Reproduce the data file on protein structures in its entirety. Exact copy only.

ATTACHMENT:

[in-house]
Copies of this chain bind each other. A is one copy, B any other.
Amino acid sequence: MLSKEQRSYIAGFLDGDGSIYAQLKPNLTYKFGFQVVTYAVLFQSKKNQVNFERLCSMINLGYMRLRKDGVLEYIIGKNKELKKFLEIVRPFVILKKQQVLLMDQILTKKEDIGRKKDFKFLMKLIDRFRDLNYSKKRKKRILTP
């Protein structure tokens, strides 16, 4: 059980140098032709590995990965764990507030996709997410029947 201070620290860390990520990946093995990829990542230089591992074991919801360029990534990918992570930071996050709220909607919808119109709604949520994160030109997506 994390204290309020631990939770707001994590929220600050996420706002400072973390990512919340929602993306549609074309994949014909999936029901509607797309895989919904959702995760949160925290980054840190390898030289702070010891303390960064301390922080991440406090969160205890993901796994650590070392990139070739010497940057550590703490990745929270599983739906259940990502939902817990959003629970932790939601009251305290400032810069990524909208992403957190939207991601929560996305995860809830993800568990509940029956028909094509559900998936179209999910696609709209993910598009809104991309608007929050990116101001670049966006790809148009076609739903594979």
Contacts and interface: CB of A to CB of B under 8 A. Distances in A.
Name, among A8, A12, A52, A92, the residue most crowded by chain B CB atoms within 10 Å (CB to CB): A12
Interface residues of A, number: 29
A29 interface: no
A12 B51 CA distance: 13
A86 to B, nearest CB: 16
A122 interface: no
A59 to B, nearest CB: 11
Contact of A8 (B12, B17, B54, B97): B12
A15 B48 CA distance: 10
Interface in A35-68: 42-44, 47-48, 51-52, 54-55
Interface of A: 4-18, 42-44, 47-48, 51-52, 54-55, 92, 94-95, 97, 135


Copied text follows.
[in-house]
Copies of this chain bind each other. A is one copy, B any other.
Amino acid sequence: MLSKEQRSYIAGFLDGDGSIYAQLKPNLTYKFGFQVVTYAVLFQSKKNQVNFERLCSMINLGYMRLRKDGVLEYIIGKNKELKKFLEIVRPFVILKKQQVLLMDQILTKKEDIGRKKDFKFLMKLIDRFRDLNYSKKRKKRILTP
């Protein structure tokens, strides 16, 4: 059980140098032709590995990965764990507030996709997410029947 201070620290860390990520990946093995990829990542230089591992074991919801360029990534990918992570930071996050709220909607919808119109709604949520994160030109997506 994390204290309020631990939770707001994590929220600050996420706002400072973390990512919340929602993306549609074309994949014909999936029901509607797309895989919904959702995760949160925290980054840190390898030289702070010891303390960064301390922080991440406090969160205890993901796994650590070392990139070739010497940057550590703490990745929270599983739906259940990502939902817990959003629970932790939601009251305290400032810069990524909208992403957190939207991601929560996305995860809830993800568990509940029956028909094509559900998936179209999910696609709209993910598009809104991309608007929050990116101001670049966006790809148009076609739903594979």
Contacts and interface: CB of A to CB of B under 8 A. Distances in A.
Name, among A8, A12, A52, A92, the residue most crowded by chain B CB atoms within 10 Å (CB to CB): A12
Interface residues of A, number: 29
A29 interface: no
A12 B51 CA distance: 13
A86 to B, nearest CB: 16
A122 interface: no
A59 to B, nearest CB: 11
Contact of A8 (B12, B17, B54, B97): B12
A15 B48 CA distance: 10
Interface in A35-68: 42-44, 47-48, 51-52, 54-55
Interface of A: 4-18, 42-44, 47-48, 51-52, 54-55, 92, 94-95, 97, 135